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20 cent piece Under rated.

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Pillar of the Community
Canada
581 Posts
 Posted 01/08/2009  11:59 pm Show Profile Bookmark this topic Add MrCanada to your friends list Get a Link to this Message

I think the Province of Canada 20 cent piece is highly underrated. It lists at $50 in g and $275 in ef. There was a mintage of 750,000 but only 105,000 were not melted as per mint records [i will try and link source]. I think the low mintage should make the coin worth considerably more ie similar mintage 1893 100,000 is $75 in g and $1250 in ef .
I'm looking for comment, Thanks

Pillar of the Community
Canada
581 Posts
 Posted 01/09/2009  12:18 am  Show Profile Bookmark this reply Add MrCanada to your friends list Get a Link to this Reply
[http://www.islandnet.com/~kpolsson/cancoin/]

This is the link this is really cool piece of info I encorage all to take a look.!
Pillar of the Community
United States
2570 Posts
 Posted 01/09/2009  07:36 am  Show Profile Bookmark this reply Add Tim Stroud to your friends list Get a Link to this Reply

Quote:
I think the Province of Canada 20 cent piece is highly underrated.


I must agree. But I feel that most coins minted before 1900 are under rated. The old style art work on them is what attracts me to the coins. I know you are referring to the number of possible surviving specimens, but if one was to study the work of Leonard Charles Wyon whom designed the the first Canadian coins, I think they would find his work to be more appealing and authentic than that of today's modern North American coinage.
Pay your taxes! 12 million illegal immigrants are depending on it.

"A government big enough to give you everything you want, is big enough to take away everything you have."
Thomas Jefferson

Oldest Circulation Find ----- 1897S Barber quarter
Oldest Detector Find -------- 1803 Large cent


Edited by Tim Stroud
01/09/2009 07:37 am
Pillar of the Community
Canada
1551 Posts
 Posted 01/09/2009  08:04 am  Show Profile Bookmark this reply Add glenzy1 to your friends list Get a Link to this Reply
I agree with the originator of this topic as to how underated and underpriced the trend value of the 1858 twenty cent coinage. I also "STRONGLY" feel collectors of Canadian decimal should start regarding all 6 decimals (1c-$1.00) PRE-1937 to be regarded as KEY dates.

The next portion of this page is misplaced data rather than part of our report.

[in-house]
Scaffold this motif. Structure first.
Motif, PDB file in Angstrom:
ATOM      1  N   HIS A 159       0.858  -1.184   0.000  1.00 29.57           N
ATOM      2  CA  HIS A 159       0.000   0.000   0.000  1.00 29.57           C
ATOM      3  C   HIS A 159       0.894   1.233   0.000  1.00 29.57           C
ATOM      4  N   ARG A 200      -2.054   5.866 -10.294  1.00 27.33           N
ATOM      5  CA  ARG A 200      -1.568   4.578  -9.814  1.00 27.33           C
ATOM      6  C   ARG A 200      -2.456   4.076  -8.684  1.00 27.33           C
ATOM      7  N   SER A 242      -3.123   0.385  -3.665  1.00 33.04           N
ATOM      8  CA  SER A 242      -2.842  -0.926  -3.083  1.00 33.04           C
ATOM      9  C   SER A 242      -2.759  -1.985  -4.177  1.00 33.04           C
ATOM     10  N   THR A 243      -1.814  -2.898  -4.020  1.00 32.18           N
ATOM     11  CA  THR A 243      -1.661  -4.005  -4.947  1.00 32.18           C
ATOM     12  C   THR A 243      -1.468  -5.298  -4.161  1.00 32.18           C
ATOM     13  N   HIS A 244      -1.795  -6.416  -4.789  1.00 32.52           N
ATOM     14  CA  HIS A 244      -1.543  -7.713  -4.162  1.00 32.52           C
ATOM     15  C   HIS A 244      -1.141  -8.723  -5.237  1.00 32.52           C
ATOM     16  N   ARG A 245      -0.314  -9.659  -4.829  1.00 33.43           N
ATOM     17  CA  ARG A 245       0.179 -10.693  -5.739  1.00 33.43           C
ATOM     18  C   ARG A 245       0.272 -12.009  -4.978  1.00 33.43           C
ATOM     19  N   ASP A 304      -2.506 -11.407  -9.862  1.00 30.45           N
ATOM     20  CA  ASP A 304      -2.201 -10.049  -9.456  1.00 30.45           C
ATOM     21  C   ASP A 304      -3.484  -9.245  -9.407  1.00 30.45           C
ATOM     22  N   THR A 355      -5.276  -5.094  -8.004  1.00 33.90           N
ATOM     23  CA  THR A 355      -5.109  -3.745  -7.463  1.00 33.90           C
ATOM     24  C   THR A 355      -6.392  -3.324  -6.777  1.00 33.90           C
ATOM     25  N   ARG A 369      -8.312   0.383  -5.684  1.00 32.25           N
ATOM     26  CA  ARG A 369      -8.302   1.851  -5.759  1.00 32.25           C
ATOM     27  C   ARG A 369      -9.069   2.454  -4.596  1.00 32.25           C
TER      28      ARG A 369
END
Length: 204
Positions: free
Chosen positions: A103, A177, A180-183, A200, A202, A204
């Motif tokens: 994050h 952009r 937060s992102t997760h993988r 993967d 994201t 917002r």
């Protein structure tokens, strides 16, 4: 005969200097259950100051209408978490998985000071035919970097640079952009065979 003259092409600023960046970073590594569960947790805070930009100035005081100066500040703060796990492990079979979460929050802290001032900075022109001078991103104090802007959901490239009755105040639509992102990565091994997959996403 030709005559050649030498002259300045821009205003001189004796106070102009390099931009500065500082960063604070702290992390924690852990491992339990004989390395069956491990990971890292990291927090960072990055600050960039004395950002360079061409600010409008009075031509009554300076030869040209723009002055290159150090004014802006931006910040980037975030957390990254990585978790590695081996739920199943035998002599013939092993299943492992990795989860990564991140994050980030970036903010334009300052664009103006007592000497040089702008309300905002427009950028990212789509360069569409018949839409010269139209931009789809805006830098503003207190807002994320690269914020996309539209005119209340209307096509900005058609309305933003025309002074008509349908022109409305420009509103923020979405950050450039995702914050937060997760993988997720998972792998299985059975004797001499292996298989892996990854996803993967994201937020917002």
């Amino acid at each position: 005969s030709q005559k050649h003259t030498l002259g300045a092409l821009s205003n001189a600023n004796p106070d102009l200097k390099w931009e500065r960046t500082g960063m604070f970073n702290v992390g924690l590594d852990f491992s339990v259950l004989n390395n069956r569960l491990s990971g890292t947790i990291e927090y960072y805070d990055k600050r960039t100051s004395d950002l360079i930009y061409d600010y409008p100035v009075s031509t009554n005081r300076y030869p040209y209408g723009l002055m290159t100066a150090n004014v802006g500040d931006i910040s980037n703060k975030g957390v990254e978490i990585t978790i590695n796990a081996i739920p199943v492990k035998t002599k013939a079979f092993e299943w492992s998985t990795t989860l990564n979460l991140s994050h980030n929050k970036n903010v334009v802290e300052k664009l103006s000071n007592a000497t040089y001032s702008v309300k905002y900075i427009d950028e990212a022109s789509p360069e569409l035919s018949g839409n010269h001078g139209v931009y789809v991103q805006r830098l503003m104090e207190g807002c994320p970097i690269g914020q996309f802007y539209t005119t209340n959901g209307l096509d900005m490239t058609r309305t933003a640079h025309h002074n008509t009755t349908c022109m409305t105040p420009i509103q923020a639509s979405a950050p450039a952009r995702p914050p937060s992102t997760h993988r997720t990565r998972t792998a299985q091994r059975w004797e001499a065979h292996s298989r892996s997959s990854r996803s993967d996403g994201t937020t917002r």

Reason for my madness is simple: look at today's mintages>100 million - 1 billion minted and compare this to the pre-1937 coinage 200K - 20 million, it leaves one wondering just how many quality pieces are left for collectors. Especially when you consider silver wears much faster than modern plated steel, a Century ago a day's pay was a half dollar or less so who could afford to put aside a day's pay for future collectors to enjoy?. Then add to the mix all the silver melts we've seen in the past 30 years, and all the holes drilled in older coinage and love tokens made.
This is why I say to all, consider pre1937 coinage to be all KEY dates, the word semi-keys and common pieces should be eliminated from vocabulary when referring to the said Era coinage!

Glenn
Pillar of the Community
Canada
1082 Posts
 Posted 01/09/2009  09:11 am  Show Profile Bookmark this reply Add WpgLwr to your friends list Get a Link to this Reply
Funny enough, while flipping through the latest Charlton yesterday, I was thinking the same thing. Only being minted for one year should automatically make it a coin worth having; the fact that it can be had for a reasonable amount of money still, should be a signal to get one before it gets "discovered" by the numismatic community at large.
Valued Member
United States
324 Posts
 Posted 01/10/2009  2:13 pm  Show Profile Bookmark this reply Add mkb to your friends list Get a Link to this Reply
I would say the 1858 20c coin is reasonably rated. But a lot of the 25c Victorian coins are under rated. For example, the 1871 about the same price. An even better one to compare is the 1894 25c coin - about 4x harder to get than the 1858 20c, yet the price is comparable.
Valued Member
United States
135 Posts
 Posted 01/10/2009  8:23 pm  Show Profile Bookmark this reply Add FreezerBurn to your friends list Get a Link to this Reply